Water Department

The City of Dover obtains its water from the Pend Oreille River through a dedicated raw water intake and delivery system. Raw water from the river is treated using a slow sand filtration system that can produce a maximum of 200 gallons per minute. More information regarding the water treatment system can be found here or the City of Dover Facility Plan.

Slow sand filters work through the formation of a millimeter thin biofilm that forms on the top of the sand called a “Schmutzdecke.” The Schmutzdecke is the layer that provides the effective purification in potable water treatment. As water passes through the Schmutzdecke, particles of foreign matter are trapped in the biofilm and dissolved organic material is adsorbed and metabolised by the bacteria in the biofilm. The water produced from a well-managed slow sand filter can be of exceptionally good quality, with 90-99% bacterial reduction. The City of Dover operates four sand filter beds.

A dedicated treatment line then delivers the water to a baffled water treatment reservoir. Distribution lines then deliver the treated water from the reservoir to individual residences and businesses, as well as to fire hydrants throughout Dover.

Wastewater Department

All sanitary sewers in the City of Dover are effluent sewer systems that first treat the sewage using a septic tank. The effluent sewer then collects wastewater that has undergone primary treatment in the septic tank. Examples of an effluent sewer systems used in Dover are “Septic Tank Effluent Pump” and “Septic Tank Effluent Gravity” sewers (commonly referred to as STEP or STEG) which use on-lot septic tanks to provide liquid/solid separation. The clarified effluent then moves into the collection system using either a pump (STEP) or gravity (STEG).

The City of Dover operates a state-of-the-art membrane bioreactor (MBR) wastewater treatment system. The unique feature of MBR systems is that, instead of secondary clarification, membranes are used to scour and clean the water. MBR systems are becoming more common to meet increasingly stringent effluent limits.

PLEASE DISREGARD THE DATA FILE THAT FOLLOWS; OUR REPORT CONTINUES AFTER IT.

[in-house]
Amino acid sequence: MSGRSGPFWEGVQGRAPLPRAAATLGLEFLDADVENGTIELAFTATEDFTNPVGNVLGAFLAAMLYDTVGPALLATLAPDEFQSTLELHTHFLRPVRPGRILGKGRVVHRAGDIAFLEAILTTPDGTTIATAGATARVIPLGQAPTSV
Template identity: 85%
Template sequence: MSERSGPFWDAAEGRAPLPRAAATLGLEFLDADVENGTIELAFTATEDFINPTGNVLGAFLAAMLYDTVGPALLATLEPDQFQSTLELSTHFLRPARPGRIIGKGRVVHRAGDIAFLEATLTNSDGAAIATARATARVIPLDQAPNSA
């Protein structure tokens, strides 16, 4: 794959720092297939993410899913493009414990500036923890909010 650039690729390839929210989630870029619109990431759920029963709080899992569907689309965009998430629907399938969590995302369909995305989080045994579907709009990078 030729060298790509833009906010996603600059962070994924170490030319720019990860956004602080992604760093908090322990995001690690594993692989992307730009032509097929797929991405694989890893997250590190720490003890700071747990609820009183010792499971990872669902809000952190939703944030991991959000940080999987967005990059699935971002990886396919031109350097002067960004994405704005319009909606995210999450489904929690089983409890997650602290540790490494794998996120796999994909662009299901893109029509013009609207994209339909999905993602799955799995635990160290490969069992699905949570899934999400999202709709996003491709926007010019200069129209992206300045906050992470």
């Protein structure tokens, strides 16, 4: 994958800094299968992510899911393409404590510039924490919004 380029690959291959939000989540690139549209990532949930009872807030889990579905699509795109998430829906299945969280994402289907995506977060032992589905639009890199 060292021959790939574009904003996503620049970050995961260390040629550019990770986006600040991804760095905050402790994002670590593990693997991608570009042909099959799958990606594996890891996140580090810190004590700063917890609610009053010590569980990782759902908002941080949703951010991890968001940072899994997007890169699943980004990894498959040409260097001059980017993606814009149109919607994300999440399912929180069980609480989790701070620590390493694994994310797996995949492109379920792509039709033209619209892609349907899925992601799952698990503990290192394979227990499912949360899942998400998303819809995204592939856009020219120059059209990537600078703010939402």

Wastewater may contain high levels of the nutrients nitrogen and phosphorus. Excessive release of these nutrients to the Pend Oreille River can lead to a buildup of nutrients which can in turn encourage the overgrowth of weeds and algae. The MBR system removes nutrients from the effluent by converting the biological nitrogen in the effluent to nitrogen gas using a two-step process: an aerobic treatment followed by an anoxic treatment (as shown below). After filtering using the membranes, solids are then removed from the system and dewatered using large de-watering bags called “GeoBags.” After several months, the dewatered solids are removed from the GeoBags and used for approved land application.

Water Dep. Archive

    Forms and Agreements [+]

    Rates and Fees [+]

    Source Water Protection [+]

    Water Facilities [+]

    Water Quality Reports [+]

Sewer Dep. Archive

    Rates and Fees [+]

    Septic and Sewer Standards [+]

    Sewer User Agreement [+]